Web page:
The Best Travel Movie Of The Turn Of The Century?
Friday, January 8, 2010
. . . Okay, maybe not the best, but it’s got to be at least in the top five or so. Having watched Warner Herzog’s “Encounters at the End of the World” for the first time last night, I was astounded by the fact that such a simple premise — hang out in Antarctica for a few weeks and film it — could turn out to be such a soul-searching, eye-opening experience. Perhaps what was so surprising was that it’s not so much the experience of being there, but rather the people who end up there (isn’t that always the case?), most of whom put our own travel histories to shame.
From the Russian maintenance worker who keeps a 20-kilo bag at his side at all time, full with essential gear for travel on a moment’s notice, to the bus-driving banker who learned Quechua and volunteered in Central America for several years, the moon-base like outpost is home to a huge population of travelers who seem to have nowhere left to go.
As one resident point out: “[Antarctica] a logical place to find each other because this place works almost as a natural selection for people that have this intention to jump off the margin of the map and we all meet here – where the lines of the map converge.”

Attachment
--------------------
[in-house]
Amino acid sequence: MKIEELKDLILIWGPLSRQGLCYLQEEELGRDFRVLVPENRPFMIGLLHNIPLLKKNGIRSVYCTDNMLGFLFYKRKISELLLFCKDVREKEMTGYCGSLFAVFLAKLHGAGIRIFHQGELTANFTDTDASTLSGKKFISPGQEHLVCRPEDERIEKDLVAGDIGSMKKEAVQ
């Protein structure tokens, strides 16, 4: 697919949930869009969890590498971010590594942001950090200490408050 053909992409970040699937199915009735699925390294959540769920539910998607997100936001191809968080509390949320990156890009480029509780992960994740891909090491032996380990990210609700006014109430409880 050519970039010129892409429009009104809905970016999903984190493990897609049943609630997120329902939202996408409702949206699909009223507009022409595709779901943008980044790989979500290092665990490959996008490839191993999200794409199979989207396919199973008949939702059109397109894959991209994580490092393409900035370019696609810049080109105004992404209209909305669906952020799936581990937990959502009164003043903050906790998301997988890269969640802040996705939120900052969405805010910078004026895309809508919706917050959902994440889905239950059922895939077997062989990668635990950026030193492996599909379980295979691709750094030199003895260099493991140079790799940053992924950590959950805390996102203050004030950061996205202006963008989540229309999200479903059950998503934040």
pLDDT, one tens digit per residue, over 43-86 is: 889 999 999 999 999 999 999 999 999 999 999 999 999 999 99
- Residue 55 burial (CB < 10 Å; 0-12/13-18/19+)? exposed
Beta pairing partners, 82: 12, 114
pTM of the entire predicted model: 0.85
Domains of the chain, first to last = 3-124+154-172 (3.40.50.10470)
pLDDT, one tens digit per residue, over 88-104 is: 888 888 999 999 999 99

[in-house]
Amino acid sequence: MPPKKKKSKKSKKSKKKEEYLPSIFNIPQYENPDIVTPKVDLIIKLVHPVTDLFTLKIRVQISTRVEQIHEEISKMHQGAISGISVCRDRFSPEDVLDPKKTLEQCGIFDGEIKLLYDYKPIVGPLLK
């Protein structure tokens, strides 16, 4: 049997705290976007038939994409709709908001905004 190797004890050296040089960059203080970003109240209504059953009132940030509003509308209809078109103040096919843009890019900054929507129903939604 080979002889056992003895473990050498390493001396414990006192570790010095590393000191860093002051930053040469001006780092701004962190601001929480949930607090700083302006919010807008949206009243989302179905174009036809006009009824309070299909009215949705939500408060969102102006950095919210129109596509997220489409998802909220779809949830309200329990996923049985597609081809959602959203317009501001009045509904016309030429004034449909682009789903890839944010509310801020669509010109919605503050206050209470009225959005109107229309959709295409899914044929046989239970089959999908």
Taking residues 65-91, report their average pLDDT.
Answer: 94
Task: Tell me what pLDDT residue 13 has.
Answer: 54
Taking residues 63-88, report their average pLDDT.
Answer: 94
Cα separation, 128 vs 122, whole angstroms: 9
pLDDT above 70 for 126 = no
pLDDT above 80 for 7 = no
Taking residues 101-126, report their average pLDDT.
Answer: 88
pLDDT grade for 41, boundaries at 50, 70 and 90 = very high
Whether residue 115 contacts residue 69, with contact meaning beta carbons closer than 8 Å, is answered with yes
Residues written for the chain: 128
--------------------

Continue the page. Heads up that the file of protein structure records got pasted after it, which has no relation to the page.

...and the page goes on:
Getting the point? Kind of sounds like that far-flung hostel you stayed in, populated by travel junkies and general vagabonds from around the world.
The above clip kind of sums up the entire flick. After an anemic conversation with a penguin researcher, Herzog begins asking him seemingly random questions (including whether there are any gay penguins). After being asked whether penguins go crazy, Herzog and his crew encounter a group of penguins heading back to the sea from their nesting grounds. After watching them for a bit, they notice one of the penguins has broken off from the crowd and lit out on his own into the 5,000-kilometer expanse of the continent, away from his comrades. Inquiring whether such a penguin could be turned around and shown back to the path with the rest of the colony, Herzog learns that such efforts would be futile. “Even if you caught him and brought him back to the colony, he’d immediately turn right back for the mountains.”